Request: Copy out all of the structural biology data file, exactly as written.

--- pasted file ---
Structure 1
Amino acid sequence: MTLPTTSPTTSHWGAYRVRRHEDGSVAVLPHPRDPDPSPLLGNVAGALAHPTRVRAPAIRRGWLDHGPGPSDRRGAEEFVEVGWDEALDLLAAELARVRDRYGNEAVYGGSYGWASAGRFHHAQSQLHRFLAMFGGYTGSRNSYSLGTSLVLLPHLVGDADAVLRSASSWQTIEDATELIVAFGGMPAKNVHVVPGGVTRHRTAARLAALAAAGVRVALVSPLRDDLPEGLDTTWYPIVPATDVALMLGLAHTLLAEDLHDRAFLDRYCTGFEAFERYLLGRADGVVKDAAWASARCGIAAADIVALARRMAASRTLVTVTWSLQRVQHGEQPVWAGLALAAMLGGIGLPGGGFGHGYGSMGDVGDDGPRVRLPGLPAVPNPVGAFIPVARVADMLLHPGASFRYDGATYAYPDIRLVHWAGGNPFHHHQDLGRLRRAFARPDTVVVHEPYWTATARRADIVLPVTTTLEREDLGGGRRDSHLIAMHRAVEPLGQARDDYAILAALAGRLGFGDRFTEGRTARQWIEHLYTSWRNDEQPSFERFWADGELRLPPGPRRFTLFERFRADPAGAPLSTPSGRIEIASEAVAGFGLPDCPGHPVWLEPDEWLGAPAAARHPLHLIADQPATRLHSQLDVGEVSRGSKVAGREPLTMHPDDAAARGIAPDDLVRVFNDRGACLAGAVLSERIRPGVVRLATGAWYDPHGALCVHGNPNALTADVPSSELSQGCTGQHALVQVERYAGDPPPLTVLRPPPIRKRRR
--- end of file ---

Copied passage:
Structure 1
Amino acid sequence: MTLPTTSPTTSHWGAYRVRRHEDGSVAVLPHPRDPDPSPLLGNVAGALAHPTRVRAPAIRRGWLDHGPGPSDRRGAEEFVEVGWDEALDLLAAELARVRDRYGNEAVYGGSYGWASAGRFHHAQSQLHRFLAMFGGYTGSRNSYSLGTSLVLLPHLVGDADAVLRSASSWQTIEDATELIVAFGGMPAKNVHVVPGGVTRHRTAARLAALAAAGVRVALVSPLRDDLPEGLDTTWYPIVPATDVALMLGLAHTLLAEDLHDRAFLDRYCTGFEAFERYLLGRADGVVKDAAWASARCGIAAADIVALARRMAASRTLVTVTWSLQRVQHGEQPVWAGLALAAMLGGIGLPGGGFGHGYGSMGDVGDDGPRVRLPGLPAVPNPVGAFIPVARVADMLLHPGASFRYDGATYAYPDIRLVHWAGGNPFHHHQDLGRLRRAFARPDTVVVHEPYWTATARRADIVLPVTTTLEREDLGGGRRDSHLIAMHRAVEPLGQARDDYAILAALAGRLGFGDRFTEGRTARQWIEHLYTSWRNDEQPSFERFWADGELRLPPGPRRFTLFERFRADPAGAPLSTPSGRIEIASEAVAGFGLPDCPGHPVWLEPDEWLGAPAAARHPLHLIADQPATRLHSQLDVGEVSRGSKVAGREPLTMHPDDAAARGIAPDDLVRVFNDRGACLAGAVLSERIRPGVVRLATGAWYDPHGALCVHGNPNALTADVPSSELSQGCTGQHALVQVERYAGDPPPLTVLRPPPIRKRRR